China moves to stave off Somali pirates

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In an unparalleled move, China, the only permanent member of the UN Security Council yet to involve itself militarily in the pirate crisis in the Gulf of Aden, has decided to send a fleet of military ships to the pirate-infested waters to ward off Somali pirates.

Although the number of ships to be sent are not yet known, Chinese Foreign Ministry second in command, Mr. He Yafei, was quoted as saying, Tuesday, that the government “is seriously considering sending naval ships to the Gulf of Aden and waters off the Somali coast for escorting operations in the near future”.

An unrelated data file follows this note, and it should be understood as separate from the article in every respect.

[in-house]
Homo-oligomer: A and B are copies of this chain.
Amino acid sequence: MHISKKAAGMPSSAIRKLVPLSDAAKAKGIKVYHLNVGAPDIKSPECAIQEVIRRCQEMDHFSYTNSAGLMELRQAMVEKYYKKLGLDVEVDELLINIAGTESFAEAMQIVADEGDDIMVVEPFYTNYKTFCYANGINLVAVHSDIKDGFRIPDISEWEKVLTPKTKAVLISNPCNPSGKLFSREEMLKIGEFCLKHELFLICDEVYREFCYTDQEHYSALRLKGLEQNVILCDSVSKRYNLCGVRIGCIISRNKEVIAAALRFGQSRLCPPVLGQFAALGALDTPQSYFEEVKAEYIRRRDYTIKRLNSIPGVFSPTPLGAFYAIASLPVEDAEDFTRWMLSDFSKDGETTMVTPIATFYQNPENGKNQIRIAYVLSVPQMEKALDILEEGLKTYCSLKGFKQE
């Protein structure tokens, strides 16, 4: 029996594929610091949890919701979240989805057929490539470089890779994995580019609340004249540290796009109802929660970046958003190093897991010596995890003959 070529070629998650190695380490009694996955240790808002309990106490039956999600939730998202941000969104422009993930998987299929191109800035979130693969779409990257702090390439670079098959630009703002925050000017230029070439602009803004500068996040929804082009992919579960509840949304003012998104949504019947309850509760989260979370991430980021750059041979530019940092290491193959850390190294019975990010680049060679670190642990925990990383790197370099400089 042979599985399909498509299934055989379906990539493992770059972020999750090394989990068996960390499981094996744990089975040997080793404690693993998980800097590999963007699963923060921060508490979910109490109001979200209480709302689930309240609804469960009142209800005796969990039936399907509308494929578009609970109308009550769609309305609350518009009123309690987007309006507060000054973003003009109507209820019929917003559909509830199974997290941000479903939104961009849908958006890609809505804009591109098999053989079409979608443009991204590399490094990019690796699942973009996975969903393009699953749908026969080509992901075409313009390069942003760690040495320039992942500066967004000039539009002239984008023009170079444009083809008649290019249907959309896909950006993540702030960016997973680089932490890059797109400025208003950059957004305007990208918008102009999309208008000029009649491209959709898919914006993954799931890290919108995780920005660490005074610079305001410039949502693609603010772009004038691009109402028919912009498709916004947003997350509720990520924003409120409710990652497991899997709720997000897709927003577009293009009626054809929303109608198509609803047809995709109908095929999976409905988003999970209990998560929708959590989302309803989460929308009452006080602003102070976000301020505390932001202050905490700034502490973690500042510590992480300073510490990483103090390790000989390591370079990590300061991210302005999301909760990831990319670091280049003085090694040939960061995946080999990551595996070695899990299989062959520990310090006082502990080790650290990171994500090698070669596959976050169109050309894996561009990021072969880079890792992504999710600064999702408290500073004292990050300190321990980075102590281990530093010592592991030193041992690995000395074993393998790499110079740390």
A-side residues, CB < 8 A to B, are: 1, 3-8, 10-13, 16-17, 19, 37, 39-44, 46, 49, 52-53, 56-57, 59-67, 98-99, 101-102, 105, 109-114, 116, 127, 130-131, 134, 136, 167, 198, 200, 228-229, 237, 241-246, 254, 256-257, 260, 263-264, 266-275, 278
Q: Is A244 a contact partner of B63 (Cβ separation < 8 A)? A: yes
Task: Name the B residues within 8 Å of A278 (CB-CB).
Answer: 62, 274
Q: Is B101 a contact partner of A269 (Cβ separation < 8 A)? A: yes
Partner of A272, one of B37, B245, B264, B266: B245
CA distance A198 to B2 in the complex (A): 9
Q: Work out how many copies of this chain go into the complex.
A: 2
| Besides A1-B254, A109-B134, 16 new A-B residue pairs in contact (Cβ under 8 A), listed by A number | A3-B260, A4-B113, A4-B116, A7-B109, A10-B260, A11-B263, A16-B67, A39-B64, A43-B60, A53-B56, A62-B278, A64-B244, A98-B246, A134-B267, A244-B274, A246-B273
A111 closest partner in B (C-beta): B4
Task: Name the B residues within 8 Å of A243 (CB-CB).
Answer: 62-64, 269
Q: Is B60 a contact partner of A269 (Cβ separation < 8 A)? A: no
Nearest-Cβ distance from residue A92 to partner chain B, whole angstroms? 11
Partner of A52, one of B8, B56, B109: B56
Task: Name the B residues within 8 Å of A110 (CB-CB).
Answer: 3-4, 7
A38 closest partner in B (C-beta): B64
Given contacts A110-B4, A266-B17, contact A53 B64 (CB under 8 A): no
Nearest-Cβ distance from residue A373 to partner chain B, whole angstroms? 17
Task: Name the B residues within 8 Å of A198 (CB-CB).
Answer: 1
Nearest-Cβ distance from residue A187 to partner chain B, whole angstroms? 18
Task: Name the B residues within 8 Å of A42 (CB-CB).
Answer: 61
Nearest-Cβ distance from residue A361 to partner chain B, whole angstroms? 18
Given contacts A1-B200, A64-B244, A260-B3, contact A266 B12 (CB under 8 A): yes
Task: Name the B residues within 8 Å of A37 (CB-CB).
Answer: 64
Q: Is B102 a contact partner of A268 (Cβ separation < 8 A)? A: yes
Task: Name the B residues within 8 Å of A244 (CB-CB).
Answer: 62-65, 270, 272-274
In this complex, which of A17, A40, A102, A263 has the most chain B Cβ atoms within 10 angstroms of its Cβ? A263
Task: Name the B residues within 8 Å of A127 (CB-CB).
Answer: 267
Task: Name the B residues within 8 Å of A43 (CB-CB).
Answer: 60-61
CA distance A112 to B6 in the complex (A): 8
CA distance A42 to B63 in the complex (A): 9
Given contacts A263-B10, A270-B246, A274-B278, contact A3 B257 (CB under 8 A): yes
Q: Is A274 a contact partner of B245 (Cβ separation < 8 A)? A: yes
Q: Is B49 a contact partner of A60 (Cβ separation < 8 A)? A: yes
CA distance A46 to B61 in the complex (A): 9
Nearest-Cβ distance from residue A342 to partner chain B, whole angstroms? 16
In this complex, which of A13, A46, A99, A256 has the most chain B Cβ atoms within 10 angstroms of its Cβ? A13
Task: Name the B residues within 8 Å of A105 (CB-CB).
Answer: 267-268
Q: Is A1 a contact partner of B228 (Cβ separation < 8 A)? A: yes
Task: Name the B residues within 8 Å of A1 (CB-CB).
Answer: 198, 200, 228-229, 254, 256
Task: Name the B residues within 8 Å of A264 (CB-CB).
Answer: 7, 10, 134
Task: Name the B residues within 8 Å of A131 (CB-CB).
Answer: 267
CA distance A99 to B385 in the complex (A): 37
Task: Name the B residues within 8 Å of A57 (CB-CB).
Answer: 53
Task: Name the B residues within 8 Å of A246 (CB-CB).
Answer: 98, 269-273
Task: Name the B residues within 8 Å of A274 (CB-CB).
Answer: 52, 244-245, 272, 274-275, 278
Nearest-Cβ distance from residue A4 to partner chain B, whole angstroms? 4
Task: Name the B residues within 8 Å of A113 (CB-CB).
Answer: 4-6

This week alone Somali pirates have reportedly attacked four ships in the Gulf of Aden hijacking three of them.

The Gulf of Aden, a very important route to China, whose economy is highly dependent on maritime transport, registers a daily average of 4 to 5 Chinese vessels.

Wednesday, a Chinese fishing vessel, Zhenhua 4, was reported to have foiled an attack when crew members held the pirates off with fire hydrants and fire bombs until the arrival of Malaysian coalition forces.

The announcement comes shortly after the UN Security Council adopted a resolution authorising coalition forces to use “necessary” force to capture pirates in Somalia’s territorial waters, along its 3025 kilometre (1,880-miles) coastline as well as pursuing them in-land.

Piracy off Somalia’s coastline has long been rife with over 120 attacks reported in 2008.

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